Ranieri International Next 330 LX, beautiful, and available

A ten-meter boat for cruising, but one with a sporty soul. A beautiful hull that delivers good performance without the need to overdo it in terms of power or fuel consumption

by Luca Sordelli

Ten meters long with a beam of three meters: this isn’t just the typical size for a hull that is trying to keep within certification limits. This small boat has a lot more to offer. Ranieri’s latest creation brings together a lot of innovation and interesting content within the confines dictated by its dimensions. Its most intriguing aspect comes in something that isn’t easy to see but is distinctly noticeable when you are underway: the hull.

The hull on the Next 330 LX has a new design, which the yard calls HIS, or Hull Innovative System, with easier airflow to make the double redan steps more efficient. The waterlines have been completely redesigned, with new outlines, and it has been set up so you can add chines. This typically American style means the boat is also suitable for the transatlantic market.

In keeping with tradition, the helm position is imposing and well organised. The instruments are easy to read and the windscreen offers good protection from the wind and the sea, but that’s not without reducing visibility.

Another important new development is the Fully Developed Cockpit System, a unibody arrangement that brings together the deck, the structural frame that the cabin rests on, and the tank holders. And then the maximum width continues for more than two-thirds of the length of the hull, with the aim being to ensure more room onboard, as well as greater strength.

The test meant I could see the effect of all these developments. Let’s start with the most straightforward figure – top speed. We did 45.3 knots, with trim at 60%, the water hardly moving, and light side wind. Not bad for a cruiser with so much room, powered by two Suzuki DF300APs, which is a long way off the top output usable, which is 2 x 400 hp. In the end, it seemed a more than suitable choice, given that the acceleration can even keep perpetual grumblers happy: three seconds are required to start planing, and eight to reach thirty knots. So, there is no lack of thrills. And, if you look at the performance curves, the Next 330 LX works best at around 3500 rpm, which is at 60% of its total power. At those revs, you do 23 knots, and use just 2.11 liters a mile (48 liters per hour), in complete comfort. This is an exemplary economy cruising speed.

One of the strong points of the Next 330 LX is the amount of space below decks, with 193 cm headroom and two separate sleeping areas. The bow rapidly transforms from a dining area into a double room. The size of the bathroom is also good, but there isn’t a separate shower.

It is also extremely precise in going where you want it to go (even at high speed) and the consequent nice feeling of sitting well on the water. You just have to work the trim right, and take it right down in the tighter turns, which is fairly standard for fast boats with two steps. But there is practically no point in using flaps when the water is flat and there isn’t much wind.

The deck layout on the Next 330 LX is both classic and functional. Going aft, the living area is substantial, with comfortable seats for eight people that come from the fold-down benches. The electric table disappears down to floor level and can quickly be turned into a sun pad.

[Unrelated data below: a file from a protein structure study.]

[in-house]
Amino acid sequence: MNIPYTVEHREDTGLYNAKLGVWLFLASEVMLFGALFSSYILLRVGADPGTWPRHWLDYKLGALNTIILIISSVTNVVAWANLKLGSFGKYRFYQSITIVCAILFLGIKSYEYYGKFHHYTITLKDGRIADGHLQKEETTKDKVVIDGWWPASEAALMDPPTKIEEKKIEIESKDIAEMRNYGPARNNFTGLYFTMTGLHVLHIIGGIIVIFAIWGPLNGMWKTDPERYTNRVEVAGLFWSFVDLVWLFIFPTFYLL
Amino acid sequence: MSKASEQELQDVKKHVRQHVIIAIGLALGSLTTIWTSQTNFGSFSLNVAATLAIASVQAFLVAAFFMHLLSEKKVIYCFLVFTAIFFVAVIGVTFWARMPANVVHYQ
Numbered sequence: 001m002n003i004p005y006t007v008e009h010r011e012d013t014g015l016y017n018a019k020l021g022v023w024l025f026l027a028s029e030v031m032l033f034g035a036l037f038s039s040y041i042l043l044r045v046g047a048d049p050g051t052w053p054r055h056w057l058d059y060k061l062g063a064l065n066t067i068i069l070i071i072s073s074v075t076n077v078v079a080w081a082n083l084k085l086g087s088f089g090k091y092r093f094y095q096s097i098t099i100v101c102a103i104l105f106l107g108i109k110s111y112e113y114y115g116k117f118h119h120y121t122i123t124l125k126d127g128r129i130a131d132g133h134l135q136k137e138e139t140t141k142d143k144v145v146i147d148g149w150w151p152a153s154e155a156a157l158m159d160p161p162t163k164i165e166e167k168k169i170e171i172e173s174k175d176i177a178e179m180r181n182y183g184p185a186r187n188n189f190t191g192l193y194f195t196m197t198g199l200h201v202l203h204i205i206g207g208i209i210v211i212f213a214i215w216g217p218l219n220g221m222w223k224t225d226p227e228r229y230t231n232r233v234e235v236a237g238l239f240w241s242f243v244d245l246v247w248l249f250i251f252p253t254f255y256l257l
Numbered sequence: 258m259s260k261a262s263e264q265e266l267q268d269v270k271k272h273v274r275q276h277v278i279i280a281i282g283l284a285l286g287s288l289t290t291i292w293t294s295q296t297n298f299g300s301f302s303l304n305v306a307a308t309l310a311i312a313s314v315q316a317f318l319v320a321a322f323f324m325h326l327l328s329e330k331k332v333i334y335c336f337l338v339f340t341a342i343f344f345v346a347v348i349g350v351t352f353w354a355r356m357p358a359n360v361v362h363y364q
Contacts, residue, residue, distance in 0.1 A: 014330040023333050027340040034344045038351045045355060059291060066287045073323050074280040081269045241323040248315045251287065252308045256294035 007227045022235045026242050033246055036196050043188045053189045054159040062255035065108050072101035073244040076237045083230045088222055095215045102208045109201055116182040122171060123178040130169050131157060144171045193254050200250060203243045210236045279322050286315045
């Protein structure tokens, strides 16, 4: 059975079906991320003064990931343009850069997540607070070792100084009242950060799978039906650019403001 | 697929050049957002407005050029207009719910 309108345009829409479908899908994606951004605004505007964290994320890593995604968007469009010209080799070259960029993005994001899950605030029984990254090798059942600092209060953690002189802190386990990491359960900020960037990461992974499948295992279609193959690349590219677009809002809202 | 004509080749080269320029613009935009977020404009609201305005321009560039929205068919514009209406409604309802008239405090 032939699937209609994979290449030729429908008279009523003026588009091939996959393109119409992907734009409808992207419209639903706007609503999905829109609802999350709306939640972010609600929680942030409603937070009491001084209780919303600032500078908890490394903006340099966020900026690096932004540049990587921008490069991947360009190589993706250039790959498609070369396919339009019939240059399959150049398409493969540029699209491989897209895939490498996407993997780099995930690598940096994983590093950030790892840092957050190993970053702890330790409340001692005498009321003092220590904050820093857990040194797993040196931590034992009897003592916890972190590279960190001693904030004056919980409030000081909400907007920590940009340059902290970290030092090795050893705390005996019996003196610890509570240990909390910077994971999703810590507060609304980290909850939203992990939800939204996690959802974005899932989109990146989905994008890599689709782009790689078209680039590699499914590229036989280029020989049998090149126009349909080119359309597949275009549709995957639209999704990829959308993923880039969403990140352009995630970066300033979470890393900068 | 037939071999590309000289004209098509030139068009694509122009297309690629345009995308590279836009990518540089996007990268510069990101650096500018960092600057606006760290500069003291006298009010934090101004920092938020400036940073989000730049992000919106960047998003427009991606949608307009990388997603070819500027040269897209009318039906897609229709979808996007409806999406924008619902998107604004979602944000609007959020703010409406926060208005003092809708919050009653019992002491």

The lines of the Next 330 LX are instantly recognisable: the bow is semi-vertical with a large stainless steel stemhead for the anchor, while the sides have a lot of horizontal windows which incorporate the cabin portholes.

The bridge dashboard is spectacular and imposing, with a comfortable double seat for driver and co-driver. Behind them is the kitchen area, with a sink, two-ring oven, and a double fridge with sliding drawers. At the two ends of the boat, you get a large and uninterrupted sun area in the bow which includes, below the windscreen, a double chair complete with upholstered central armrest, glass holder, and back support; whereas in the stern, there is comfortable double access to the water, thanks to the two swim platforms alongside the Japanese engines. And finally, we should note that the Soverato-based yard wasn’t wrong to call this an LX: it stands for Lusso, or “luxury”, and there is no lack of it, for example in details such as the welded stainless steel grab handles, cushions with visible stitching and great attention to detail throughout.

Engine data
There is a wide choice of engines, ranging from 2 x 250 horsepower up to 2 x 400 hp. It was a good call having the test boat fitted with two Suzuki DF300APs. A notable top speed of 45.3 knots is backed by an excellent economy cruising speed of 23 knots, with 48 liters per hour of fuel used.

I-88068 Soverato (CZ)
T. +39 0967 25839
[email protected]

HULL: LOA 10.15mLength 9.10mMaximum beam 3mLight mass displacement 3,700 kgFuel tank volume 700 lWater tank volume 130 lMaximum rated power 2×400 hpMinimum rated power 2×250 hp

MAIN PROPULSION: 2 Suzuki DF300APOutlet mechanical power 220 kW (300 hp)Bore&Stroke 98mm x 89mm Swept volume 4,028 lGear ratio 2.08:1Maximal rotational speed 6300/minWeight 290 kg

EC CERTIFICATION: CAT B-C • No. of people onboard 12B – 14C

PRICE: 138,000€, Excl. VAT • Engine costs DF300AP 26,300€ each, Excl. VAT

(Ranieri International Next 330 LX, beautiful, and available – Barchemagazine.com – February 2022)